Kaze and the Wild Masks is an unashamed blast from the past, for better or worse. PixelHive's love letter to 16-bit gaming surmounts budgetary and design shortcomings with a compelling challenge, luscious visuals, and an evocative soundtrack, all punctuated by a solid underdog spirit. Kaze's polished but formulaic gameplay will not be to everyone's taste, but for those who long for the halcyon days when the platformer was king, it's most definitely wabbit season.
Capcom Arcade Stadium is a nostalgic look at a time when stained space carpets and deafening cacophonies were all the rage, performing admirably in its role at offering classic thrills in portable form. The lack of online multiplayer is disappointing, and the package will never feel truly complete until certain titles break free from licensing limbo, but as a way to while away lazy afternoons or dull commutes, CAS is worth its weight in credits.
Werewolf: The Apocalypse - Earthblood proudly wears the reverence for White Wolf's lore on its furry sleeve, with a dark-but-interesting universe and a fierce pro-environment/anti-capitalist message. But behind its wild, bloody carnage and well-meant intentions lies a dated and sorely repetitive stealth adventure that, among its contemporaries, fails to stand out from the pack.
As dynamic, engaging, and challenging today as they ever were, Turrican Flashback offers an authentic compilation of games from the classic series, without a single dud among them. Unfortunately, wafer-thin presentation, missing titles, and a complete lack of side-features (in addition to a subjectively high price-tag) let down what could of - should of - been an encapsulating tribute to one of history's most influential and beloved shooter franchises.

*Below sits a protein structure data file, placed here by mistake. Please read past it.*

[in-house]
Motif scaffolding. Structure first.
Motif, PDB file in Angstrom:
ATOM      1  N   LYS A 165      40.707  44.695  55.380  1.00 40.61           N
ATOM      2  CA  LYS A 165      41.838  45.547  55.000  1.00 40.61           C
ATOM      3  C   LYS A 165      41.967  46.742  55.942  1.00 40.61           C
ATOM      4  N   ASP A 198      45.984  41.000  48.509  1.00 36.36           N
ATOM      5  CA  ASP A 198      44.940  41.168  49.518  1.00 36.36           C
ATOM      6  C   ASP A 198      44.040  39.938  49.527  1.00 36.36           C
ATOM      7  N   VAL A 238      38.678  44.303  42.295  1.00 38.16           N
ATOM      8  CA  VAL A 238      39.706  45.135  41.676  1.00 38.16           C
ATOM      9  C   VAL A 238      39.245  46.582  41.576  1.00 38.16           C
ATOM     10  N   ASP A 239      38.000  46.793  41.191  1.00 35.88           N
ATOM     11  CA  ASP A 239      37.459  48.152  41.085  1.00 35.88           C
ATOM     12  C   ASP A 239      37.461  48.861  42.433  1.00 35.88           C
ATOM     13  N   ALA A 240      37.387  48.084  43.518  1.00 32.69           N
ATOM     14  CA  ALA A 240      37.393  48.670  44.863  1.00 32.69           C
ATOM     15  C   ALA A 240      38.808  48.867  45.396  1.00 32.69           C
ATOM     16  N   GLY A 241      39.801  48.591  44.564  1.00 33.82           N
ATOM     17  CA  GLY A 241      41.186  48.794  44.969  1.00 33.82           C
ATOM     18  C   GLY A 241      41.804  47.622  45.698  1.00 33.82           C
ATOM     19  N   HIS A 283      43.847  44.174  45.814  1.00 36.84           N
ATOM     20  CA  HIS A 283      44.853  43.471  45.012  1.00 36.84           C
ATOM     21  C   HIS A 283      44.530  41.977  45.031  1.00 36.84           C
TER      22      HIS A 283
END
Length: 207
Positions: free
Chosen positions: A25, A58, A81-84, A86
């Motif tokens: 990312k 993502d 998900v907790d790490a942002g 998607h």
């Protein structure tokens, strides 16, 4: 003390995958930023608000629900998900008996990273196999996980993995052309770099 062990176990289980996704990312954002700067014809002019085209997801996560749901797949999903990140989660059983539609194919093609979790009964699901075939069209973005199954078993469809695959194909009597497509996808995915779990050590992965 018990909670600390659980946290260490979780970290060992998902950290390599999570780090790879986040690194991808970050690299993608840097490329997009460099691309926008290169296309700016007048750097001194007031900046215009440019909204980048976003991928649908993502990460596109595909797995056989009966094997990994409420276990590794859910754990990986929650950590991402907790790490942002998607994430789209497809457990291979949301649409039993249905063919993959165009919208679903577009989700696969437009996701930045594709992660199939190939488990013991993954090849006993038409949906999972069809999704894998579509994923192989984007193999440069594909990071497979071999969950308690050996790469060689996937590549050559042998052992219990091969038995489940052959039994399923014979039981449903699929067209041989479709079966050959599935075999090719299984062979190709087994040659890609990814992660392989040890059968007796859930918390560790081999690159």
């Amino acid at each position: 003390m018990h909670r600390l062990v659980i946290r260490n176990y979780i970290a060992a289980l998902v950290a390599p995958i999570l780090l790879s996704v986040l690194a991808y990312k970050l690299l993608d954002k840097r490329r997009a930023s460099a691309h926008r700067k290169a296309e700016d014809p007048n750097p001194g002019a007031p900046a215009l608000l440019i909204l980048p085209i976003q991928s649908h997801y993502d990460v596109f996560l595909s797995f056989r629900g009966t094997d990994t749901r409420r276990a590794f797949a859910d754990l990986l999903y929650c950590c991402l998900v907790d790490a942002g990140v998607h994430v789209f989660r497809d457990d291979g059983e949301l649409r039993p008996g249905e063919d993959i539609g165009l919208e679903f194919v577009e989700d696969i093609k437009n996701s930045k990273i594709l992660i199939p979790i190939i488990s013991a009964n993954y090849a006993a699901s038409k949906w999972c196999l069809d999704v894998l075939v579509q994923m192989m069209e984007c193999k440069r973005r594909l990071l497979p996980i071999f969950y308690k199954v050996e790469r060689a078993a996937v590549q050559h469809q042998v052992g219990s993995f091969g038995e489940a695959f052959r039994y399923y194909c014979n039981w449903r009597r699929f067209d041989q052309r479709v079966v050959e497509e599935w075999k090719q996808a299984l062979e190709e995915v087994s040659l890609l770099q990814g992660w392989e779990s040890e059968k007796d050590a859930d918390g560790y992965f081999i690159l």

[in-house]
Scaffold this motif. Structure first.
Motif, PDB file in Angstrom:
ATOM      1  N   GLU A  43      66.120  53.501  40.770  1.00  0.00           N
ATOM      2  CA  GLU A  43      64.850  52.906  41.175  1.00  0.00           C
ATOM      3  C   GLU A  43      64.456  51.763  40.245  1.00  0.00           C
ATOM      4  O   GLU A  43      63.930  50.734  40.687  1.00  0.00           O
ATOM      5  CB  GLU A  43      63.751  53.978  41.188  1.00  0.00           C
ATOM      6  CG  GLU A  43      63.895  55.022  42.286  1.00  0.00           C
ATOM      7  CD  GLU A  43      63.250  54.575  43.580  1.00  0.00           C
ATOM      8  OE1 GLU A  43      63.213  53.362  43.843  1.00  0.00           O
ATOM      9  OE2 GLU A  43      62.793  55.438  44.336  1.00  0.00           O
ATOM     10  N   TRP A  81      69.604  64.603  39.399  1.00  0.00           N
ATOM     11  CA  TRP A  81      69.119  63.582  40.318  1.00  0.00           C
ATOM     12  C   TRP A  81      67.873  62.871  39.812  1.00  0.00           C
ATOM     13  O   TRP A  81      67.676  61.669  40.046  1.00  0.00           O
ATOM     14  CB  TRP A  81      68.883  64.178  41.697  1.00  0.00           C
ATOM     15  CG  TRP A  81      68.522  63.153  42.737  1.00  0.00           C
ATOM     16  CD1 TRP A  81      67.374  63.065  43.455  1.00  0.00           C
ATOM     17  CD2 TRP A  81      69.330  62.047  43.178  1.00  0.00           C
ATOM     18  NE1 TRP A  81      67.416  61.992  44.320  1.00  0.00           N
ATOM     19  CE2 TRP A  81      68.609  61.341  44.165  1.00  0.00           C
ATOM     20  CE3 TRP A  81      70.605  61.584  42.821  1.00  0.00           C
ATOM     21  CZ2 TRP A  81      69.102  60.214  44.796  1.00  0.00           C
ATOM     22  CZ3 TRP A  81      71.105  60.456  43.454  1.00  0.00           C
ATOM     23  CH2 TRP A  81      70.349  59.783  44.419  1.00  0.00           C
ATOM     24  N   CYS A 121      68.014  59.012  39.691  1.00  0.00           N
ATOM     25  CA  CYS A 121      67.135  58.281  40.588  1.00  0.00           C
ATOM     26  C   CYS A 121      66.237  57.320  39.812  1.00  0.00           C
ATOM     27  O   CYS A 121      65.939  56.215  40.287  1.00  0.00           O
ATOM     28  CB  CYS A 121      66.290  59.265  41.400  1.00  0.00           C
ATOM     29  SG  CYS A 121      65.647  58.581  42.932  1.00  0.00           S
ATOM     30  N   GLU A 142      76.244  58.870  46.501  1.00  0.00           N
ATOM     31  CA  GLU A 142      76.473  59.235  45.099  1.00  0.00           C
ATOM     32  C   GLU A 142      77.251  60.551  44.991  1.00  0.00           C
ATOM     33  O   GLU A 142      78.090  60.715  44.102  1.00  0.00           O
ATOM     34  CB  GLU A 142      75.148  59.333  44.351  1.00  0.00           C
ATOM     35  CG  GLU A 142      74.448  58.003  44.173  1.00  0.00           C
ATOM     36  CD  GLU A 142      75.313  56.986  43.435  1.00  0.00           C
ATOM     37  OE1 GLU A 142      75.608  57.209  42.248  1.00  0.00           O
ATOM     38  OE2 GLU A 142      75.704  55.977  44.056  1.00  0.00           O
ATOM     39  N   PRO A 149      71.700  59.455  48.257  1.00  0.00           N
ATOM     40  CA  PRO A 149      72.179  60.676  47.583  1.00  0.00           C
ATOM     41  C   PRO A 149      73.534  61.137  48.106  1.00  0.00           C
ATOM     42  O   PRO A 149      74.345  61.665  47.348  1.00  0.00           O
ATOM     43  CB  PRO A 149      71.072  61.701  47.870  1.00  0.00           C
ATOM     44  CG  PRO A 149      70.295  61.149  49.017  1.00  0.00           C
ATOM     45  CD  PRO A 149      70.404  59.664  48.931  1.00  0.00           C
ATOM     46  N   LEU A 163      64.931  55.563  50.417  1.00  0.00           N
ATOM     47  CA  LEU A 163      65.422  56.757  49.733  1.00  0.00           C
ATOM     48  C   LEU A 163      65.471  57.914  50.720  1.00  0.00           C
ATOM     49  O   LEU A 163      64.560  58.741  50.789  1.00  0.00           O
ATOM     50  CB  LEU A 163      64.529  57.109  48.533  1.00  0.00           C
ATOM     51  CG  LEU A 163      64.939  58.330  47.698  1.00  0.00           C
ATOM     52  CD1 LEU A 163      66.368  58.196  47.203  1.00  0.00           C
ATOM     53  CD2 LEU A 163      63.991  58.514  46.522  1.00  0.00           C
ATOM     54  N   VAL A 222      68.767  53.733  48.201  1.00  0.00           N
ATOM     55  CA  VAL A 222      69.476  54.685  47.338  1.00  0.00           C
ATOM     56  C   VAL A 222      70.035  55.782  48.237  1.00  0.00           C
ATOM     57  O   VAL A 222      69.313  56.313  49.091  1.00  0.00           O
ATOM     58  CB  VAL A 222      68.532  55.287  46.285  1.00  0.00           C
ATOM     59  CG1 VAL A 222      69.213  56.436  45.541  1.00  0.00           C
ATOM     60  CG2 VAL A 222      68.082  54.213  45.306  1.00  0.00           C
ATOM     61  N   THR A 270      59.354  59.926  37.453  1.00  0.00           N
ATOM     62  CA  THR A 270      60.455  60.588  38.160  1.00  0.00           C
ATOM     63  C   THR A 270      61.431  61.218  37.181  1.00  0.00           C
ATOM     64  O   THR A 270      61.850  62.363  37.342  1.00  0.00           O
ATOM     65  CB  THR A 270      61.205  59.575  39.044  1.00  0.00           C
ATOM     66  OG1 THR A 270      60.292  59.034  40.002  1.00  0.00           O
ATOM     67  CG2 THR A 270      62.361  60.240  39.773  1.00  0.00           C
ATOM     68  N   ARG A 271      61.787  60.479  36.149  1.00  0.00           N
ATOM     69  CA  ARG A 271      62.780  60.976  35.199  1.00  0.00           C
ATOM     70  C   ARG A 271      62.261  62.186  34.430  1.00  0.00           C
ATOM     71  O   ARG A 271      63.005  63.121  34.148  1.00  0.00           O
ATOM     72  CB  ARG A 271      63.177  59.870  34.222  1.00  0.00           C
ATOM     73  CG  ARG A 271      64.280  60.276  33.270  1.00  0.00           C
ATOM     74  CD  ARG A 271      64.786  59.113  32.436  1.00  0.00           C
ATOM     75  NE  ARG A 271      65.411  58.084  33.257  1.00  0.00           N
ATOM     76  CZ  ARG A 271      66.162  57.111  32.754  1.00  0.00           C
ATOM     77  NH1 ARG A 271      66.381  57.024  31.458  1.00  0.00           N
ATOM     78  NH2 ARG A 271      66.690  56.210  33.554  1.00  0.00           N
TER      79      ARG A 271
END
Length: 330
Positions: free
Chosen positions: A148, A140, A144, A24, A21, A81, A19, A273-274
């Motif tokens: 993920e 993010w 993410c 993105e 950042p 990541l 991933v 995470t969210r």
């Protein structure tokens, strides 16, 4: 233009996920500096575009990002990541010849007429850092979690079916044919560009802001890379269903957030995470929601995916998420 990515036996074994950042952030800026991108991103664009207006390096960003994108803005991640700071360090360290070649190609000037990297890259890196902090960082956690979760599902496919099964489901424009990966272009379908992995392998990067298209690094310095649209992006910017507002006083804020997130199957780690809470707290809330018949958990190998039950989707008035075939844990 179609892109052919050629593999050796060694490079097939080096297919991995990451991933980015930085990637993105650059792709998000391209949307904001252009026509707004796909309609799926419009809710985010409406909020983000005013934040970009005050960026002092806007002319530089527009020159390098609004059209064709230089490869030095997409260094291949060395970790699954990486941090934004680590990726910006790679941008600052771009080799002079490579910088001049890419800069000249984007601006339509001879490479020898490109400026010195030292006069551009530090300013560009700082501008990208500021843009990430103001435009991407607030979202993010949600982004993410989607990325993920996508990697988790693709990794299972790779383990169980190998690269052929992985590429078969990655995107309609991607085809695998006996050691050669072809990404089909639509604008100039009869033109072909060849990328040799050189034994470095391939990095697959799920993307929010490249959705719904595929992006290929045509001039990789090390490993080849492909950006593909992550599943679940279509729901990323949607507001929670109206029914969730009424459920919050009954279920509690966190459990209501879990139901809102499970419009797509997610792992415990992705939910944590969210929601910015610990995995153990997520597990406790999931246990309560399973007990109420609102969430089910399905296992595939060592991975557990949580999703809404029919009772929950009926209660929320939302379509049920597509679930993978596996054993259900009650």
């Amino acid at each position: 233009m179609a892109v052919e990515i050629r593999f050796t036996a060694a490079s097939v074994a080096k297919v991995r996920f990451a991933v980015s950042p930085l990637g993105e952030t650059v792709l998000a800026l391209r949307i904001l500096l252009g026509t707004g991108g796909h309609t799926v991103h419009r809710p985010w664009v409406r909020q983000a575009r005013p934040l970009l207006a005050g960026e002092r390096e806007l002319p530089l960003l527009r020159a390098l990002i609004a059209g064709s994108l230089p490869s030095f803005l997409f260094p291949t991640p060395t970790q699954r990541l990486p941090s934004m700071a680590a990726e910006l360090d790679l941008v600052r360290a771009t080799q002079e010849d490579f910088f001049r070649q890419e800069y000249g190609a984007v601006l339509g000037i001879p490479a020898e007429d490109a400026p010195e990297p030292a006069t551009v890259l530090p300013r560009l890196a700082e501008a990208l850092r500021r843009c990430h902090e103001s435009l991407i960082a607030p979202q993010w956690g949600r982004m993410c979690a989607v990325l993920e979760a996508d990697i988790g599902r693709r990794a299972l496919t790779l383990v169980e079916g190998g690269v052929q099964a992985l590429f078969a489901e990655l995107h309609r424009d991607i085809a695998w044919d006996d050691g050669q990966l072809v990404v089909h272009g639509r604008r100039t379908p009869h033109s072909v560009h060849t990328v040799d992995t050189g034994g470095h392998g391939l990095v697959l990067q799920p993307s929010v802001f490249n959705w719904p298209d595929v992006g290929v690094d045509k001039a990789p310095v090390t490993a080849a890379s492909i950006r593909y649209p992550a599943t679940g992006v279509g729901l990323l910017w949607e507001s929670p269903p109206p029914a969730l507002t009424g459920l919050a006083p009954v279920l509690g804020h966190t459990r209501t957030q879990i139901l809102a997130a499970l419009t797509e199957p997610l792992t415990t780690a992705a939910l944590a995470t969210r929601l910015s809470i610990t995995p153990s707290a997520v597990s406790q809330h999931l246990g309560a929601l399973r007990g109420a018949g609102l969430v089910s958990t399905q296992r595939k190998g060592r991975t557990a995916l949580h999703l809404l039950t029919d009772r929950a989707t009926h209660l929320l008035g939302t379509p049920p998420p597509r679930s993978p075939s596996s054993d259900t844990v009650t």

Once players get over the shock of its mechanical departures, Super Meat Boy Forever offers a solid and relentless auto-running experience. But there's no denying that this long-awaited sequel doesn't deliver the impact nor addictive magnetism of its predecessor. Regardless, those willing to look past this initial disappointment will discover a satisfactory time-killer, strongly adhering to the great visuals, manic presentation, and twisted humor that is the franchise's trademark.
From its shadowy story campaign to its frantic multiplayer action, Call of Duty: Black Ops Cold War offers the thrilling and magnetic gameplay expected of the series, shined up with solid character models, impressive vistas, and sharp visual effects. While there's undeniably room for improvement regarding innovation, Black Ops Cold War gets Call of Duty's third generation off to a strong start.
For all its themes of rule-breaking anarchy, Watch Dogs: Legion toes the line as a formulaic, though ambitious, open-world adventure. While it boasts one of the most visually exciting and stunningly authentic locales in the genre's history, Watch Dogs: Legion's gameplay is mechanical, over-familiar, and repetitive, struggling to capture the exciting promise of a fist-pumping, system-smashing revolution.
Onee Chanbara Origin remains a cathartic, bloodthirsty, and goofy bit of chaos, whose aesthetic charms have been boosted thanks to Tamsoft's excellent audio/visual upgrade. Unfortunately, the passage of time has somewhat dulled Origin's gameplay, which has been far superseded by other franchises. Offering a short campaign, above-average action, and a slim package, Onee Chanbara Origin is for franchise fans only - and not at its $60 asking price.
There's a nugget of an excellent game located deep within G.I. Joe: Operation Blackout, but this outmoded third-person shooter doesn't have the resources, scope, or variety to expand upon its unmistakable potential. With repetitive objectives, frustrating controls, and a lack of online multiplayer, G.I. Joe: Operation Blackout isn't fun enough to stand out in a crowded shooter marketplace, despite the obvious and heartfelt passion showcased for the '80s franchise.
Kandagawa Jet Girls delights with its boisterous, glowing presentation, cast of vibrant characters, and array of fun side-attractions. But the jet-ski action itself is mostly dull, struggling to offer a decent challenge or a genuine sense of speed. Jet Girls rides waves of goodwill thanks to its infectious personality, but this eventually gives way to tepid, monotonous gameplay, hampering what could have been one of Marvelous' best releases yet.